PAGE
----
Text of Disambiguation of References to Individuals Levon Lloyd (State University of New York) Varun...
Disambiguation of References to Individuals Levon Lloyd (State University of New York) Varun Bhagwan, Daniel Gruhl (IBM Research Center) Varun Bhagwan, Daniel Gruhl (IBM Research Center) Andrew Tomkins (Yahoo Research)
Introduction The problem of name ambiguity is widespread. They study the problem of disambiguating textual references to individuals. Their goal is to develop algorithms capable of clustering references to a particular name so that the resulting clusters correspond as closely as possible to the particular individuals. They explore the use of linguistically derived features and bottom up clustering to explore how well this disambiguation can be performed.
Applications Dossier Creation Relationship Detection Person Search Expertise Location Authorship Homepage Location Maintaining a sufficiently high precision is paramount, and recall may then be improved as much as possible.
Related Work Word sense disambiguation Name co-reference Place disambiguation Authors in citations disambiguation Templated-based extraction
Data Sets of Names Two distinct data sets Household name (famous actors/actresses or famous computer scientists/mathematicians) General name (1000 names from analysis of web data) From these general names, they restricted to those which occurred at least 500 times within the 2.1B web pages. Then they used information the 1990 US Census to estimate the probability that a uniform person in that census would match both first and last name. (< 5X10 -8)
Data Gathering They used the full 2.8B pages of the IBM s WebFountain system to gather data and run experiments. For each result, they extracted a region of 100 words centered around the name, and replaced each occurrence of the first and last name with FIRST and LAST respectively. The algorithm is asked to cluster references.
Feature Extraction Keywords tfidf-scored tokenized keywords from the text snippets Entities Any people s name occurs on the entire pages. Any entity exists in the Stanford TAP knowledge base. Descriptions Appositives and noun phrase modifiers that modify the name reference in the snippet. Phrases Heads of all noun phrases in the snippet.
Example of Description
Clustering K-means Clustering Any clusters that fell below a membership threshold (5) had their centroid reseeded into the center of the largest cluster plus a small offset. Incremental Clustering Seed generation Classification Merging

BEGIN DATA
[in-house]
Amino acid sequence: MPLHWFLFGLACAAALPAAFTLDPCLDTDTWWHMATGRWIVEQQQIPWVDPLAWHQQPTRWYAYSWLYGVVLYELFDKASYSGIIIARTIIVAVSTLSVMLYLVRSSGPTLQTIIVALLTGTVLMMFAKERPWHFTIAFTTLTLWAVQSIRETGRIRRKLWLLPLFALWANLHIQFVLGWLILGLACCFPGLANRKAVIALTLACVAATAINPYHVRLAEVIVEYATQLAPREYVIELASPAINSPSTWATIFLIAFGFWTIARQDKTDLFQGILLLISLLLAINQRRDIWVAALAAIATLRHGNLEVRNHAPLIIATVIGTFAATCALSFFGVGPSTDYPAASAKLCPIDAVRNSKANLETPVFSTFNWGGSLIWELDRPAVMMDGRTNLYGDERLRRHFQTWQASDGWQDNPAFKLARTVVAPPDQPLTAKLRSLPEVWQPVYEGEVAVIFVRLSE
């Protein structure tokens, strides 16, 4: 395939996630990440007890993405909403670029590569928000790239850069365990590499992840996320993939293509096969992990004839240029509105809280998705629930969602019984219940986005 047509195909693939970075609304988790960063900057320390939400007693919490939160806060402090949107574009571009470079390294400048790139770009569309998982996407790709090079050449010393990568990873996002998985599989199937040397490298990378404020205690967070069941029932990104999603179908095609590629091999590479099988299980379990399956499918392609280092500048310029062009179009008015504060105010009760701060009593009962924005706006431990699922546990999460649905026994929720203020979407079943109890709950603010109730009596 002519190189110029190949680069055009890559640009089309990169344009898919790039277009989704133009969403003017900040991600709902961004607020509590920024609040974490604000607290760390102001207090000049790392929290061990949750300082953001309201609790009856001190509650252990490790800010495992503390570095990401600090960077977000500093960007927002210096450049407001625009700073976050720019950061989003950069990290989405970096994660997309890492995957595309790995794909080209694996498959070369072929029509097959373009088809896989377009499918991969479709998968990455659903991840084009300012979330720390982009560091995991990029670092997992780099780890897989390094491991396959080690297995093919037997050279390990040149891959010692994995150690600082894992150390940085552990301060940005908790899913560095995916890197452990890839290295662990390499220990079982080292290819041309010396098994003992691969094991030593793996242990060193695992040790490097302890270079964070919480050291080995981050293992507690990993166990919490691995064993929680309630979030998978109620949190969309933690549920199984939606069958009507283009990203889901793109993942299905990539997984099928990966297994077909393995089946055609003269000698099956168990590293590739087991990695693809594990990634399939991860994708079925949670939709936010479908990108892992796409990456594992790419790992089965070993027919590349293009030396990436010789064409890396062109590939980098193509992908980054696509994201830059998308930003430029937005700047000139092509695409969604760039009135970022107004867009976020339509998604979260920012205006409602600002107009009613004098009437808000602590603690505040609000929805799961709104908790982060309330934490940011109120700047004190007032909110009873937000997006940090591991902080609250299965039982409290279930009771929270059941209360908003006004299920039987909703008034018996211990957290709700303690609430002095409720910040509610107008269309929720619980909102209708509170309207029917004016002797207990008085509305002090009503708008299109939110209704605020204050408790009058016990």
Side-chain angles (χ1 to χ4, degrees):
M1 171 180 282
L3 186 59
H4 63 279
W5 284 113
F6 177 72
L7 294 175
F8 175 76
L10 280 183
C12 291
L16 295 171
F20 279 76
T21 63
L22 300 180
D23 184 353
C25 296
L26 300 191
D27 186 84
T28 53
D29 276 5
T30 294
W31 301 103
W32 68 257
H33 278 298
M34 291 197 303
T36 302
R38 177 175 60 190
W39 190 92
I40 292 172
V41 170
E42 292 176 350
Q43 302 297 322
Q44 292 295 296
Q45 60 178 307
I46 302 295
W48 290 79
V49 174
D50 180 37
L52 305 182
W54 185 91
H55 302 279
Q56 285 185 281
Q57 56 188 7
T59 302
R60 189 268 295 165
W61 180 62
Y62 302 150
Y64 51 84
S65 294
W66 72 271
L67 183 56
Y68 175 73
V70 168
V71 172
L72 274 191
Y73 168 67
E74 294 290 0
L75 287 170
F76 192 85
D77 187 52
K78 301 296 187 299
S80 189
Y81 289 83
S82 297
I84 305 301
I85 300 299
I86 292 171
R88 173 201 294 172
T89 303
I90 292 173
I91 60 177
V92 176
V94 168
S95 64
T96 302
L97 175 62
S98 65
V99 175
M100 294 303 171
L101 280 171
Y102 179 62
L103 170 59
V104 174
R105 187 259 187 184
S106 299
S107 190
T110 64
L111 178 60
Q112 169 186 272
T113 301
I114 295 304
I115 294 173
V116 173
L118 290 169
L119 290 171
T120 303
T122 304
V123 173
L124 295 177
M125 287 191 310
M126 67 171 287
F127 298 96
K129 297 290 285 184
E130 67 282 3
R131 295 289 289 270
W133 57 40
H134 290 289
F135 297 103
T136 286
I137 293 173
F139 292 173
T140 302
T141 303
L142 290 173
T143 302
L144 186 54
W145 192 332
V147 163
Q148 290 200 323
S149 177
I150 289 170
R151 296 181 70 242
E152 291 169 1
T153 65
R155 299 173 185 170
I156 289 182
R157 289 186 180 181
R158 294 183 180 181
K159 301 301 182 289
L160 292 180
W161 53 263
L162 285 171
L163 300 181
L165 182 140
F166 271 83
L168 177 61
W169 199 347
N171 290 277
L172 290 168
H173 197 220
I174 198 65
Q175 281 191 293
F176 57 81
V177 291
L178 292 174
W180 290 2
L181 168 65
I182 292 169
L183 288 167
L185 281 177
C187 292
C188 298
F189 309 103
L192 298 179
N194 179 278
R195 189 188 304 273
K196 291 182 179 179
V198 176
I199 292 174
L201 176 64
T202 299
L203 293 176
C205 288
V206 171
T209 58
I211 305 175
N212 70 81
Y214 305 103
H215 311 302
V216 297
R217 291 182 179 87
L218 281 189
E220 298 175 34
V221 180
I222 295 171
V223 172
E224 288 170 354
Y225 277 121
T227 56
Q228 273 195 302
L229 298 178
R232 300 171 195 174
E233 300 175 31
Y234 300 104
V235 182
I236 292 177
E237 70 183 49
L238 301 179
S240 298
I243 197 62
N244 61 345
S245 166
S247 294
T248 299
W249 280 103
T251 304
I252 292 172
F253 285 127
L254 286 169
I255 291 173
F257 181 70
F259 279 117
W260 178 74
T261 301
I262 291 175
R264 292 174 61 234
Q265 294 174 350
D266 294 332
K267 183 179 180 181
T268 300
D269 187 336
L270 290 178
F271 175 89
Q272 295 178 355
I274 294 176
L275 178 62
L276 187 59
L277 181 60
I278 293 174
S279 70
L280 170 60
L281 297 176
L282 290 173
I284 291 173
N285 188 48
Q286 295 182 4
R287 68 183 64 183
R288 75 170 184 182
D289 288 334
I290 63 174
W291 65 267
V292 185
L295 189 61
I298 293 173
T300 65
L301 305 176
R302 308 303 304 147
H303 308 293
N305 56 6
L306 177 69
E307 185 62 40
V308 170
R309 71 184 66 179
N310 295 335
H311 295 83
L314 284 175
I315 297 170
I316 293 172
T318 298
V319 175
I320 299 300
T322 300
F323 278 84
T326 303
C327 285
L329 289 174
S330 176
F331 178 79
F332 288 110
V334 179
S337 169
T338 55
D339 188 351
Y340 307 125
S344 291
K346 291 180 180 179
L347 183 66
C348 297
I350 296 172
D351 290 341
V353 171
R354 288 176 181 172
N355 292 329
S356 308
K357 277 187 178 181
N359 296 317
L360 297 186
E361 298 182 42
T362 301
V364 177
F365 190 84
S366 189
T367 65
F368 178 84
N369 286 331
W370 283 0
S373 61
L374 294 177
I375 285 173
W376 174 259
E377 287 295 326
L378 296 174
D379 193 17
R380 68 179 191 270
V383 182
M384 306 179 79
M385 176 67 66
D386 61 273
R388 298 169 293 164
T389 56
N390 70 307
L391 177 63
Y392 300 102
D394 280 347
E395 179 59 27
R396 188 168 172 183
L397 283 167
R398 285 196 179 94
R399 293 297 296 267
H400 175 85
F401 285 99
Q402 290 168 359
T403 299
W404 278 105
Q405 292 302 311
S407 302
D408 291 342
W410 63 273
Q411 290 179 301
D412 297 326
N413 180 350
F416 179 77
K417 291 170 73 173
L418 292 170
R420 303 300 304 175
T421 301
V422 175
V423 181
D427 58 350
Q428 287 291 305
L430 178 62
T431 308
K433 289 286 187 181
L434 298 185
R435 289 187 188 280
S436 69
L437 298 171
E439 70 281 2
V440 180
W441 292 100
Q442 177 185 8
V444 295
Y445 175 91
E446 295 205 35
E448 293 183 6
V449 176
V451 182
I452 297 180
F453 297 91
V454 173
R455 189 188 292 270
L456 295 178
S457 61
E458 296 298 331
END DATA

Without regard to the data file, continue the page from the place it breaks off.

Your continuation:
Seed Generation The goal of the seed generation step is to form a set of highly precise seed clusters that need not cover the entire set of documents. Each feature is evaluated in turn in tfidf order, and perform one of three actions: If this feature has not appeared in any page in seed clusters and occurs in more than a threshold number of pages, then If this feature has appeared in another seed cluster and the ratio is greater than a threshold, then Otherwise skip the feature.
Classification This step is to classify each page that was not assigned to a seed cluster. For each page, they find the cluster that is closest to the page in the feature space. If the distance is below a threshold then add it to that cluster. Otherwise, they find the cluster that is closest to it in their entity co-occurrence space. If the distance is below a threshold then add it to that cluster. If the page is not close enough to any existing cluster, then create a singleton cluster with just this page.
Cluster Merging The first two steps often create too many clusters, thus they add a final step to merge clusters. They merge clusters by repeatedly merging a cluster with its nearest neighbor in the feature space until there are no clusters that are close enough to it.
Evaluation Metric B-CUBED metric
Focus on Precision They computer the cohesion of a cluster, and find many smaller clusters have high precision. They give the algorithm the ability to endorse certain clusters as appearing to be of high quality. At approximately 10% of the data, the algorithm is able to select clusters of near-perfect precision. They consider the case of 10 distinct names with 200 snippets per name, resulting in 2000 data points to be clusters.
Incremental Clustering They consider terminating the algorithm after each phase.
Conclusion They have presented a technique for disambiguating occurrences of an ambiguous name from snippets of web text referring to individuals. They show that, over typically web references, with linguistically enhanced feature vectors and an incremental classifier, to return results for 25 % of the data with precision in excess of 0.95, out-performing the non- enhanced approach by a factor of around X2.5.